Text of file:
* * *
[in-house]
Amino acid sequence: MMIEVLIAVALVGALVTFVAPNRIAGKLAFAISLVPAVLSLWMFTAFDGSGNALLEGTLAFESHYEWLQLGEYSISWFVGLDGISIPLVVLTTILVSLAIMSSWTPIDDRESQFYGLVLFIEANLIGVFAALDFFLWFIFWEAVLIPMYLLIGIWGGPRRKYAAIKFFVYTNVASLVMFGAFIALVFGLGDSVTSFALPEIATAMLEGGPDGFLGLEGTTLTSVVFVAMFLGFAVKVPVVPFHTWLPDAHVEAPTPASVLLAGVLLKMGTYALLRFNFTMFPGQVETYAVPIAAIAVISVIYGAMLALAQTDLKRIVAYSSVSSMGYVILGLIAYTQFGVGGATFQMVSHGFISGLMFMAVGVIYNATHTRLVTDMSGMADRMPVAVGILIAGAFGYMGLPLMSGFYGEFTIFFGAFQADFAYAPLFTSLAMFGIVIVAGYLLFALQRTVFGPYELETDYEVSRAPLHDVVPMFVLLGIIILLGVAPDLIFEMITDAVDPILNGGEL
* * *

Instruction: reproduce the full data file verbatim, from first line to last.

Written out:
[in-house]
Amino acid sequence: MMIEVLIAVALVGALVTFVAPNRIAGKLAFAISLVPAVLSLWMFTAFDGSGNALLEGTLAFESHYEWLQLGEYSISWFVGLDGISIPLVVLTTILVSLAIMSSWTPIDDRESQFYGLVLFIEANLIGVFAALDFFLWFIFWEAVLIPMYLLIGIWGGPRRKYAAIKFFVYTNVASLVMFGAFIALVFGLGDSVTSFALPEIATAMLEGGPDGFLGLEGTTLTSVVFVAMFLGFAVKVPVVPFHTWLPDAHVEAPTPASVLLAGVLLKMGTYALLRFNFTMFPGQVETYAVPIAAIAVISVIYGAMLALAQTDLKRIVAYSSVSSMGYVILGLIAYTQFGVGGATFQMVSHGFISGLMFMAVGVIYNATHTRLVTDMSGMADRMPVAVGILIAGAFGYMGLPLMSGFYGEFTIFFGAFQADFAYAPLFTSLAMFGIVIVAGYLLFALQRTVFGPYELETDYEVSRAPLHDVVPMFVLLGIIILLGVAPDLIFEMITDAVDPILNGGEL